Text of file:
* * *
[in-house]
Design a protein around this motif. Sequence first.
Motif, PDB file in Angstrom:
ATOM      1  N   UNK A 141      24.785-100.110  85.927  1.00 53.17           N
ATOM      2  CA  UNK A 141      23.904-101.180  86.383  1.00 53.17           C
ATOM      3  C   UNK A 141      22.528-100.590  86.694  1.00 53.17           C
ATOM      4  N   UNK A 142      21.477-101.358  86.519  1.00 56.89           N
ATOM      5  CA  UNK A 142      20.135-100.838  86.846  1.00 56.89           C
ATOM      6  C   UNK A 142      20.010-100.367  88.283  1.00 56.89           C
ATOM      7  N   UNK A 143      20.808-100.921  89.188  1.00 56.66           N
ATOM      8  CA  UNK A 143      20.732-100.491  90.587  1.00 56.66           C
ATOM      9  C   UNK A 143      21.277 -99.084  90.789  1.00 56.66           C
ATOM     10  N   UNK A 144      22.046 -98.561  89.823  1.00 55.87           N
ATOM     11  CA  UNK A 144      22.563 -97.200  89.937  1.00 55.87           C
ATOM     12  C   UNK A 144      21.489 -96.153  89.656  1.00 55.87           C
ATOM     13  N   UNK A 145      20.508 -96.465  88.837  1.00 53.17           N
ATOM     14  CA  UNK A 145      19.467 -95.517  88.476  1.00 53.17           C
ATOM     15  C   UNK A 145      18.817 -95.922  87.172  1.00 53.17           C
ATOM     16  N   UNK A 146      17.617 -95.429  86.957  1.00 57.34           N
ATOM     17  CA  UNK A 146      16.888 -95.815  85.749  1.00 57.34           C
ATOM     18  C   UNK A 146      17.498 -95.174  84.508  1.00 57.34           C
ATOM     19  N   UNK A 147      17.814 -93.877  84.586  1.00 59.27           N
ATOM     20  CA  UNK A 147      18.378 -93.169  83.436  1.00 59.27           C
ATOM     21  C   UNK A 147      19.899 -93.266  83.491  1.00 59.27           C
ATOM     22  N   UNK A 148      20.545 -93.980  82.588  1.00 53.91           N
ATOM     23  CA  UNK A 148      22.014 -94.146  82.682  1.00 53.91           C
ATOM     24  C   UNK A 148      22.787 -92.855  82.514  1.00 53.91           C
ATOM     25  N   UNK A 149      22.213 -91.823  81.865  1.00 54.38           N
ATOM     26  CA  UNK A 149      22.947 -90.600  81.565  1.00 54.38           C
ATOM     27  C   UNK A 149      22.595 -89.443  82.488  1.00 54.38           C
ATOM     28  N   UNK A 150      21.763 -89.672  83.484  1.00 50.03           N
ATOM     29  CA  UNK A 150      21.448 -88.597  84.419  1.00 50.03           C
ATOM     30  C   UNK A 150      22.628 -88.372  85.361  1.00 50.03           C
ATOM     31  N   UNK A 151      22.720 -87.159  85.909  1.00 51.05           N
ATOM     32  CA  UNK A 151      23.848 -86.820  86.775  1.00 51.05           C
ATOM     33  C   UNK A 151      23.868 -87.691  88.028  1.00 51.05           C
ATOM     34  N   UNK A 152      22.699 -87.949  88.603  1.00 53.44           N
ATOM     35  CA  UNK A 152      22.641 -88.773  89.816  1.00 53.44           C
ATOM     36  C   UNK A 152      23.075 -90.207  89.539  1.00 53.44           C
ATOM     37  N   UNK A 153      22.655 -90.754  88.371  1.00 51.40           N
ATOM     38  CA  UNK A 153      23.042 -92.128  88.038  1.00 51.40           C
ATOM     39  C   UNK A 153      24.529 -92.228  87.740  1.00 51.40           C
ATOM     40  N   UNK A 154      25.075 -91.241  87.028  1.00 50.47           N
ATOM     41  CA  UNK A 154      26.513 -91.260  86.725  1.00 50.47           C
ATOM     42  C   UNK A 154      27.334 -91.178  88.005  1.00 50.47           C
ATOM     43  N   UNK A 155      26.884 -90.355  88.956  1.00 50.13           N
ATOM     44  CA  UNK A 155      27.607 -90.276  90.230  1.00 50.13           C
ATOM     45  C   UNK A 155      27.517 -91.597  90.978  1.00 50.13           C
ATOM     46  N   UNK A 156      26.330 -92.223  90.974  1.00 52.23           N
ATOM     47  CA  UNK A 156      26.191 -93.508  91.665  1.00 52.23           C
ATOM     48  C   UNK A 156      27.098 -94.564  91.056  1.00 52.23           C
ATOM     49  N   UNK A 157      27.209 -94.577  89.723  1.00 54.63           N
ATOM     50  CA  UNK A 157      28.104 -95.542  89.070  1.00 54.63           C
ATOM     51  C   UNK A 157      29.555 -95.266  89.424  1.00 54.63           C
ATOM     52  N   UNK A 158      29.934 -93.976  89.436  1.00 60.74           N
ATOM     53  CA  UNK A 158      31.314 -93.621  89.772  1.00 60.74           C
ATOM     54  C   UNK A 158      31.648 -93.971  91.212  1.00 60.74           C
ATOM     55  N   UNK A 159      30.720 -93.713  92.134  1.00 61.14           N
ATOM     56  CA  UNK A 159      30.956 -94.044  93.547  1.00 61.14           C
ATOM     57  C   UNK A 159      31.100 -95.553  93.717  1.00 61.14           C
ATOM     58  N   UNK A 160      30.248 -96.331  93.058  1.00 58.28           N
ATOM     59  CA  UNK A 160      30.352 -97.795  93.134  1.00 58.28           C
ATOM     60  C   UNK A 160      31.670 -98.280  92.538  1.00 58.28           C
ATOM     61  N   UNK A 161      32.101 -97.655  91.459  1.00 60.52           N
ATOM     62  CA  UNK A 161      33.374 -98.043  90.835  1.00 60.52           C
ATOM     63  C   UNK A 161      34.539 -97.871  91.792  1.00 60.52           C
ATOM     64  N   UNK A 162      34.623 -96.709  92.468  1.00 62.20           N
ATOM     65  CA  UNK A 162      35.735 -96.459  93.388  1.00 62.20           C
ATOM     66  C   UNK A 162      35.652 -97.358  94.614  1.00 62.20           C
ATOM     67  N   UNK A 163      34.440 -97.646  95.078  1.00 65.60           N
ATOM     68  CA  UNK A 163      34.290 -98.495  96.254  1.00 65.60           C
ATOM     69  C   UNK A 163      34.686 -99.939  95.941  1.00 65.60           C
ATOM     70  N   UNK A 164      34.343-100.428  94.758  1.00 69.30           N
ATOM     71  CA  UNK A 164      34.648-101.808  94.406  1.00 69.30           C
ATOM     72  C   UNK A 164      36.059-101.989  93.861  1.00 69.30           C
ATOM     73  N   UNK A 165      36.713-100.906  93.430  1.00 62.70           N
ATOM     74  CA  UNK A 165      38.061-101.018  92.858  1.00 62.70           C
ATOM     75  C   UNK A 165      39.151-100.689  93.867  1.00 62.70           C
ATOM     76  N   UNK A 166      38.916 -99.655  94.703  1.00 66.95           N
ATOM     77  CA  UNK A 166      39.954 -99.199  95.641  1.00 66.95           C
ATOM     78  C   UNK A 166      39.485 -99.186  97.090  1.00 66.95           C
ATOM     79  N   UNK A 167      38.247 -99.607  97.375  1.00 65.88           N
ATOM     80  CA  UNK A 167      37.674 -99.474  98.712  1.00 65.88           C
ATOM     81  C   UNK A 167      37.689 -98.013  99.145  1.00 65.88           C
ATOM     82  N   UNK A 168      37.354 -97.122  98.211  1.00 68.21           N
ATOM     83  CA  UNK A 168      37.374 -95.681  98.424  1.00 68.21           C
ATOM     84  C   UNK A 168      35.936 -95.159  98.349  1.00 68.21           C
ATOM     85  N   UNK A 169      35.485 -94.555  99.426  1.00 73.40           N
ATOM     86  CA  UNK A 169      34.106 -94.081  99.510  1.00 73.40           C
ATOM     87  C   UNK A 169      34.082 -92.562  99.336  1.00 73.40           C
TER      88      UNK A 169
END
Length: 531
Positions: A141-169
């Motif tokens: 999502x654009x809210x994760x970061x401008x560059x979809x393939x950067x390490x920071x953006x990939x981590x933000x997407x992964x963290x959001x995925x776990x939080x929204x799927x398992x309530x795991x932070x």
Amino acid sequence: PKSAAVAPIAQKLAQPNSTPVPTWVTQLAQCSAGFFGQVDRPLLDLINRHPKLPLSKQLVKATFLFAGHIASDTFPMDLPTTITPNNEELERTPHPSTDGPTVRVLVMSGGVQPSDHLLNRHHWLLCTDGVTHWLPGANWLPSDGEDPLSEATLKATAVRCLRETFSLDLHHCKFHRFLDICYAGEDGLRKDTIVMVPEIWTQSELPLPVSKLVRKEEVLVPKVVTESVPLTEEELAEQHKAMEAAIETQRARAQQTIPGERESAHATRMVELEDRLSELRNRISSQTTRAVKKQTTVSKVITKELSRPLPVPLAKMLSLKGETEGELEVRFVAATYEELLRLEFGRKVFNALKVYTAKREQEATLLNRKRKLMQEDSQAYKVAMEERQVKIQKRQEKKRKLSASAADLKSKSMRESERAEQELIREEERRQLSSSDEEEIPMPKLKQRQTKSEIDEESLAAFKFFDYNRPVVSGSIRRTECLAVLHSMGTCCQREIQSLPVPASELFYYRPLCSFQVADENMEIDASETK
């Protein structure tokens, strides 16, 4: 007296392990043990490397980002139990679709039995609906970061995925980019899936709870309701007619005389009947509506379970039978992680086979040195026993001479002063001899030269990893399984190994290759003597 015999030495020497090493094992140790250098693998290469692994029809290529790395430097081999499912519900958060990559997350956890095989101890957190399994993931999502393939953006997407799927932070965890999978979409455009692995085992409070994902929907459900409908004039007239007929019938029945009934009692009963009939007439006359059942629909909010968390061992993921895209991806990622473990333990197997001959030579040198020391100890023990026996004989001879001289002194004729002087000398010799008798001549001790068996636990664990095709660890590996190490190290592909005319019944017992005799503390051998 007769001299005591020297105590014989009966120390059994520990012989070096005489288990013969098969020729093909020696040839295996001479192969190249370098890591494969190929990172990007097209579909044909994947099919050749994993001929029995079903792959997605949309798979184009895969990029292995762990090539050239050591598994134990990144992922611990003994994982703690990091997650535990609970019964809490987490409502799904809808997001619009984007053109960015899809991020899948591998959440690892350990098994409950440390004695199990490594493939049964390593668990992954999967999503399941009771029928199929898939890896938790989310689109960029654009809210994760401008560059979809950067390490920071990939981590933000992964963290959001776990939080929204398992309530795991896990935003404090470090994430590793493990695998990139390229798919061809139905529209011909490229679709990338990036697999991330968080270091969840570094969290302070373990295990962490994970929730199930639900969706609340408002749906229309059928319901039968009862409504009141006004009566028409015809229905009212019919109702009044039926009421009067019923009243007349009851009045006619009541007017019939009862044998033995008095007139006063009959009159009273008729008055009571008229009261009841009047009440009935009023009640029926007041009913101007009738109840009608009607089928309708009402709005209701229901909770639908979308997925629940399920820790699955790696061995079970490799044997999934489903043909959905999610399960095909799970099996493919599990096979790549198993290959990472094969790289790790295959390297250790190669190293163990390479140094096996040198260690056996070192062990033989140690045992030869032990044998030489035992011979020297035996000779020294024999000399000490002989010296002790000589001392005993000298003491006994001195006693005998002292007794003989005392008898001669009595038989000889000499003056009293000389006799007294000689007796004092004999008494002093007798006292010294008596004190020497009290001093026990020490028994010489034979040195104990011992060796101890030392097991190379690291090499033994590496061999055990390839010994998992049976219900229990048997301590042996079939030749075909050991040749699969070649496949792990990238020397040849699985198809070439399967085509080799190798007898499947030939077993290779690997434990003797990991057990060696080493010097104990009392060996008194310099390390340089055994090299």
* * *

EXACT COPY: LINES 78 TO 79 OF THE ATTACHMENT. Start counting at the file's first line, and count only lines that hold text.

ATOM     75  C   UNK A 165      39.151-100.689  93.867  1.00 62.70           C
ATOM     76  N   UNK A 166      38.916 -99.655  94.703  1.00 66.95           N